Who and why

Factsheet – Recent NHS Charging Regulations

Introduction

 

The founding principle of the NHS was that it should be provided based on need, free at the point of use to all. Over the last few years, charging regulations have increasingly meant that this is not the case for people who have (or are suspected of having) an irregular immigration status.

 

Recent charging regulations

  • In 2014, the definition of ‘ordinarily resident’ is changed in the Immigration Act, meaning more people in the UK  lose their entitlement to free NHS care.
    • A person was previously regarded as ‘ordinarily resident’ if she or he was lawfully living in the UK voluntarily and for a settled purpose. However, the definition of ‘ordinarily resident’ changed under the Immigration Act 2014 and for non-EEA nationals is now limited to people who have ‘settled status’ in the UK (i.e. they have indefinite leave to remain)
  • In 2015, regulations came into force as part of the Immigration Act 2014 (introduction of ‘hostile environment’ policies):
    • Introducing a 150% charge – billed retrospectively – on secondary care for those deemed to be ‘not ordinarily resident’ in the UK.
    • Those with a continuing debt of £1,000+ to the NHS after a year could have details shared from the Trust to the Home Office, and this may affect their immigration status and ability to re-enter the country with outstanding debt. The threshold has since been changed to £500
    • introducing an ‘immigration health surcharge’ on visas for ‘overseas visitors’, such as students, tourists and workers requiring visas from countries without reciprocal health agreements.
      • This also applies to children, started at  £200, doubled in 2018 to £400 per year
  • In 2017, these regulations were expanded, introducing:
    • New legal requirement to charge for treatment upfront before the treatment is provided, unless the care is ‘urgent or immediately necessary’  (there is no definition for what this care is). Inability to pay upfront means care will be denied. Urgent or immediately necessary care still chargeable at 150%.
    • Affecting the following services
      • Secondary care
      • NHS commisioned charities
      • Community mental health
      • Community midwifery
      • Termination of Pregnancy
    • So far, these most recent changes of 2017 apply to NHS England.

Charging regulations have been extended in recent years and have also been applied to children and pregnant women. In particular, the most recent regulations of October 2017 enforce a legal requirement for trusts (in England so far)  to charge patients upfront before treatment at 150% of the actual NHS tariff for a range of services, to anybody unable to prove their immigration status (‘ordinary residence’), again including children. Upfront charging is applied to secondary care, and various community services including those provided by charities but commissioned by the NHS, as well as community mental health and community midwifery.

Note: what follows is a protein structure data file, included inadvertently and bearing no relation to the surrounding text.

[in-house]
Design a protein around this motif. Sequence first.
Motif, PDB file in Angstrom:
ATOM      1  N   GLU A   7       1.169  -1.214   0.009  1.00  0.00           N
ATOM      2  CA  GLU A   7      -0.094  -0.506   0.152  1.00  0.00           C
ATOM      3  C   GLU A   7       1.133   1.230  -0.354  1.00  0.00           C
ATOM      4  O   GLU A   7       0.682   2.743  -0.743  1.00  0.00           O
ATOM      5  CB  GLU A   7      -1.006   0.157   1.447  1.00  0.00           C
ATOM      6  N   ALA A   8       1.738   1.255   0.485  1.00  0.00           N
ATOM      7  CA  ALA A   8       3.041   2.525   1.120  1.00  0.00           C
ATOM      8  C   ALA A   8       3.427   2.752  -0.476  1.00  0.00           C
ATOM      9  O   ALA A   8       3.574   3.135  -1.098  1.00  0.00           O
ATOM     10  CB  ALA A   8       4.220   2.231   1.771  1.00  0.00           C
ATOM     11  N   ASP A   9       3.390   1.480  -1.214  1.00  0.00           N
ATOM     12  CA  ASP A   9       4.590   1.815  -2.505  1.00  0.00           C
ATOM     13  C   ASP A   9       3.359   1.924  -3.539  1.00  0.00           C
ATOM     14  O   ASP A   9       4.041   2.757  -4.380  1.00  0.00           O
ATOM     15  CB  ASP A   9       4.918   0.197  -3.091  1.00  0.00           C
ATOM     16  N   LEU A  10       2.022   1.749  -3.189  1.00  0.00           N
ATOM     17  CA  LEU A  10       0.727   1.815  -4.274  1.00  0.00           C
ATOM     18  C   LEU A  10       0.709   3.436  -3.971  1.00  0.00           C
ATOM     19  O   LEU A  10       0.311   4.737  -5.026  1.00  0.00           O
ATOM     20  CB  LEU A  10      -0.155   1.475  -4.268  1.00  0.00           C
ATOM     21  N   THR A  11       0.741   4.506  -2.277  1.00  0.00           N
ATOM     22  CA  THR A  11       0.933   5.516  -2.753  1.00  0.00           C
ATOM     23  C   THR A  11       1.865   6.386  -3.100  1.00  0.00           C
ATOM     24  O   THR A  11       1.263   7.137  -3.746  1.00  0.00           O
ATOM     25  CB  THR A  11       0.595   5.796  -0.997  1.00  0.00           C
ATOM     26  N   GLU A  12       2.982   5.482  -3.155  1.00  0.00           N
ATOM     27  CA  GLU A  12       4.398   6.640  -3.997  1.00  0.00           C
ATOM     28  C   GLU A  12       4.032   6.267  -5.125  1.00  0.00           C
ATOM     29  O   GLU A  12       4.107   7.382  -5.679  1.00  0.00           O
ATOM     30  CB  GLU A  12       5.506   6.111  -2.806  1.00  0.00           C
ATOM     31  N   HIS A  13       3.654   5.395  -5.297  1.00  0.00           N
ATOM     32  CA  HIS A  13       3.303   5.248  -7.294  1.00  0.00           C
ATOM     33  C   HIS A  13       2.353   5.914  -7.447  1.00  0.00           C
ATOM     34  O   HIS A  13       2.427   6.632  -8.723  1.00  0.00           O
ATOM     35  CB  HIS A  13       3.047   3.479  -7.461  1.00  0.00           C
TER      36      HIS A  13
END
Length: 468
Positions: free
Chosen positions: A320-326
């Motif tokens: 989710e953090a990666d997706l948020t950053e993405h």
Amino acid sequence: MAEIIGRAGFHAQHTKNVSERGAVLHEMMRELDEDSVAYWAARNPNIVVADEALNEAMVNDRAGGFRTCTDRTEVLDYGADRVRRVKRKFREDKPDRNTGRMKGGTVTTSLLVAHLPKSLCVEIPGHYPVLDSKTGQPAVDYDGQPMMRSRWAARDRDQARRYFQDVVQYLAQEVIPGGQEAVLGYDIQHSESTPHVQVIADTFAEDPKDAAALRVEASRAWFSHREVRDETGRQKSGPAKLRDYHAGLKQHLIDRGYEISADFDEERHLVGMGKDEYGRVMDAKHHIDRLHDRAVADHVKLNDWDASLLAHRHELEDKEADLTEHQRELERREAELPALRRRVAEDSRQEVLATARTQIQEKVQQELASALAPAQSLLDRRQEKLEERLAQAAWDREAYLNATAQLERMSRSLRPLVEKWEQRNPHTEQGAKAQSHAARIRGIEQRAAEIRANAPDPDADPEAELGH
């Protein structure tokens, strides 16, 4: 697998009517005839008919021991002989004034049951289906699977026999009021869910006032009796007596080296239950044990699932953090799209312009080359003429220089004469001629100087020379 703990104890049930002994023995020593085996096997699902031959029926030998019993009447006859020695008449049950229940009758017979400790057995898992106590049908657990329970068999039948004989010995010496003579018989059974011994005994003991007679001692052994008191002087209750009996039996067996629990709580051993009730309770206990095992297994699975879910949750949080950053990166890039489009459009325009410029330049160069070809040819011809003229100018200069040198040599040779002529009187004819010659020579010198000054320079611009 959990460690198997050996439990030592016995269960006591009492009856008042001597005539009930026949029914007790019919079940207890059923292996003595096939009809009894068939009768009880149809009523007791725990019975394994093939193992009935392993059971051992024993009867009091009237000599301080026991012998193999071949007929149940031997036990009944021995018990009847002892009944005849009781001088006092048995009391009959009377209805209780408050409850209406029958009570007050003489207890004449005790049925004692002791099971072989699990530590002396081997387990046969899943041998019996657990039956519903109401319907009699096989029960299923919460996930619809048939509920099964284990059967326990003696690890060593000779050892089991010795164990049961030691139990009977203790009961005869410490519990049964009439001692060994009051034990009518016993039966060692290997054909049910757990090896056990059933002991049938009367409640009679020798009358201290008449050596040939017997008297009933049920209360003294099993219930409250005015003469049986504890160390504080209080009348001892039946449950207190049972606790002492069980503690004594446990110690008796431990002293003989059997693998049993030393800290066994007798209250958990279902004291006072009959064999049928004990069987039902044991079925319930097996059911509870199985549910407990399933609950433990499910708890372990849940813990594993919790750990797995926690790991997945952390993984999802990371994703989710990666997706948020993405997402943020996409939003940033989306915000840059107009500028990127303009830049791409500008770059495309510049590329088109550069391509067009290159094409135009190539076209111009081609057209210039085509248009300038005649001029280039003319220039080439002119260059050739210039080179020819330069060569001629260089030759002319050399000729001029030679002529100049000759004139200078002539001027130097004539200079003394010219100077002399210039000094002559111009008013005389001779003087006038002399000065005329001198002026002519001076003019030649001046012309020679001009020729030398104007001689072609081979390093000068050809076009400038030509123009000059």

Pregnant women are also charged at 150%, meaning that a woman (of non-EEA status) is now charged approximately £6700 for antenatal care and delivery if there are no other complications, and she can be pursued in court if unable to pay. In addition, any debts to the NHS of greater than £500 may affect a person’s immigration application and their right to remain in the UK, potentially leading to detention and deportation.

The government has also stated it’s intention to extend charging into Primary care and even Accident and Emergency care, although the details of this are not known yet. 

Asylum seekers in the process of making an application, and those that have been successful in their application (refugee status) are not included in the charging regulations, but many have been wrongly charged or denied treatment if they can’t prove their status. Many asylum seekers whose claims have been refused are now chargeable under the regulations. Some other exemptions exist, but specialist organisations have raised concerns that they are of limited practical value. For example, some infectious diseases are exempt, such as TB, however a patient may need to be referred to a secondary service before TB is diagnosed and 150% charging for this service will deter patients from accessing timely TB diagnosis, or being diagnosed at all. Patients with TB are already known to have died due to fear of seeking care. Patients, while unwell, will generally not be in a position to know in advance of a diagnosis if they have TB, and if it is chargeable or not. Other exemptions also apply, such as people who have been trafficked or people in situations of modern day slavery, however people are unlikely to feel able to inform their healthcare worker of these situations, and would be even less likely to be able to prove their situation or to know that they are exempt. So in practice these groups of people are often charged, denied and deterred from care as well.  Therefore the exemption criteria are in reality more of theoretical reassurance to policy makers than being of significant practical value to patients.